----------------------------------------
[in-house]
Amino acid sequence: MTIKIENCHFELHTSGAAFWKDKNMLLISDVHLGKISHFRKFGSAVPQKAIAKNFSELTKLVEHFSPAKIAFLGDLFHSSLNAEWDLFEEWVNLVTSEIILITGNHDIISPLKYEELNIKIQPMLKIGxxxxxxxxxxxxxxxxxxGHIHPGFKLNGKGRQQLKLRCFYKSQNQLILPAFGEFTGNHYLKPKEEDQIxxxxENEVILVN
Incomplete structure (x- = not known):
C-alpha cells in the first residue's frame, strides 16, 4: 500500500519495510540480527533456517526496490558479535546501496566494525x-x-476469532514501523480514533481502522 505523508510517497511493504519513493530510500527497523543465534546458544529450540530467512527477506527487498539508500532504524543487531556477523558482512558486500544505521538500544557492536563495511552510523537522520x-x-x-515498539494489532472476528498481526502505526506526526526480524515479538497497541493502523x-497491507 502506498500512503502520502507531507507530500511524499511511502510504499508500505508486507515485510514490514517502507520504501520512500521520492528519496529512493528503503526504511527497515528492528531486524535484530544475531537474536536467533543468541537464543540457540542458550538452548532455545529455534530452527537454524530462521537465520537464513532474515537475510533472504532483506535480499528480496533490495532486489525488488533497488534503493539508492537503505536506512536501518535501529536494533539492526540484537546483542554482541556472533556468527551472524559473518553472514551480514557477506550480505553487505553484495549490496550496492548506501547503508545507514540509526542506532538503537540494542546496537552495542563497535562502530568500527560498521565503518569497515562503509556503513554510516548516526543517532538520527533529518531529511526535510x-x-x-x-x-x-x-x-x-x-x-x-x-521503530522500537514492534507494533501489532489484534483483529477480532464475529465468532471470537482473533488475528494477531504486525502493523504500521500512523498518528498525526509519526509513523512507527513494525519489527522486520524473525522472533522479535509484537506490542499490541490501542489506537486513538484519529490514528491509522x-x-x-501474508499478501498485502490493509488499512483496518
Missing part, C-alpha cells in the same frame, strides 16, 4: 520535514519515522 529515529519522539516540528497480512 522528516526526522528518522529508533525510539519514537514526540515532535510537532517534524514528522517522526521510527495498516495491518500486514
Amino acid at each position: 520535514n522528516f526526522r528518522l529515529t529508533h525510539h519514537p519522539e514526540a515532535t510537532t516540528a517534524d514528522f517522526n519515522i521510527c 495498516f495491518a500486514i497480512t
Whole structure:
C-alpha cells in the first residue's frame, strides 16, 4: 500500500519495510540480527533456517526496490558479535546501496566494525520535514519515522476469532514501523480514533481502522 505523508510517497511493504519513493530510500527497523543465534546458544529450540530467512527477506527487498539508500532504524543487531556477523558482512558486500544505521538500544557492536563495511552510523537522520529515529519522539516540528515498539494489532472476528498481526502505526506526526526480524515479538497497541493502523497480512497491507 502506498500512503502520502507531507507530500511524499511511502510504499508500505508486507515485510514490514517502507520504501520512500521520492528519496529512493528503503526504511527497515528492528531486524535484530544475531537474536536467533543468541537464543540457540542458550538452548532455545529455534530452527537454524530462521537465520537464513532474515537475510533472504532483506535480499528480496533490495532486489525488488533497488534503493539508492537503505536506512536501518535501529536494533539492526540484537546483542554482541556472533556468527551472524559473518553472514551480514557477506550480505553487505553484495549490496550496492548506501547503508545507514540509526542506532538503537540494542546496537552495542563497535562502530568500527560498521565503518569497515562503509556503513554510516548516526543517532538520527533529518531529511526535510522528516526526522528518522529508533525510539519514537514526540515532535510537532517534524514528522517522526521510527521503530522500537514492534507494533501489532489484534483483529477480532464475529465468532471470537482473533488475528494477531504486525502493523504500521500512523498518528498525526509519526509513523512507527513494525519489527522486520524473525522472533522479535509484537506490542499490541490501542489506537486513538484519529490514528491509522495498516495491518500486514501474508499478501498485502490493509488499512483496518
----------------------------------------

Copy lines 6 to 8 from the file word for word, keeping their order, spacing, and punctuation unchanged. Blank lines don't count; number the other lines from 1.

Amino acid at each position: 520535514n522528516f526526522r528518522l529515529t529508533h525510539h519514537p519522539e514526540a515532535t510537532t516540528a517534524d514528522f517522526n519515522i521510527c 495498516f495491518a500486514i497480512t
Whole structure:
C-alpha cells in the first residue's frame, strides 16, 4: 500500500519495510540480527533456517526496490558479535546501496566494525520535514519515522476469532514501523480514533481502522 505523508510517497511493504519513493530510500527497523543465534546458544529450540530467512527477506527487498539508500532504524543487531556477523558482512558486500544505521538500544557492536563495511552510523537522520529515529519522539516540528515498539494489532472476528498481526502505526506526526526480524515479538497497541493502523497480512497491507 502506498500512503502520502507531507507530500511524499511511502510504499508500505508486507515485510514490514517502507520504501520512500521520492528519496529512493528503503526504511527497515528492528531486524535484530544475531537474536536467533543468541537464543540457540542458550538452548532455545529455534530452527537454524530462521537465520537464513532474515537475510533472504532483506535480499528480496533490495532486489525488488533497488534503493539508492537503505536506512536501518535501529536494533539492526540484537546483542554482541556472533556468527551472524559473518553472514551480514557477506550480505553487505553484495549490496550496492548506501547503508545507514540509526542506532538503537540494542546496537552495542563497535562502530568500527560498521565503518569497515562503509556503513554510516548516526543517532538520527533529518531529511526535510522528516526526522528518522529508533525510539519514537514526540515532535510537532517534524514528522517522526521510527521503530522500537514492534507494533501489532489484534483483529477480532464475529465468532471470537482473533488475528494477531504486525502493523504500521500512523498518528498525526509519526509513523512507527513494525519489527522486520524473525522472533522479535509484537506490542499490541490501542489506537486513538484519529490514528491509522495498516495491518500486514501474508499478501498485502490493509488499512483496518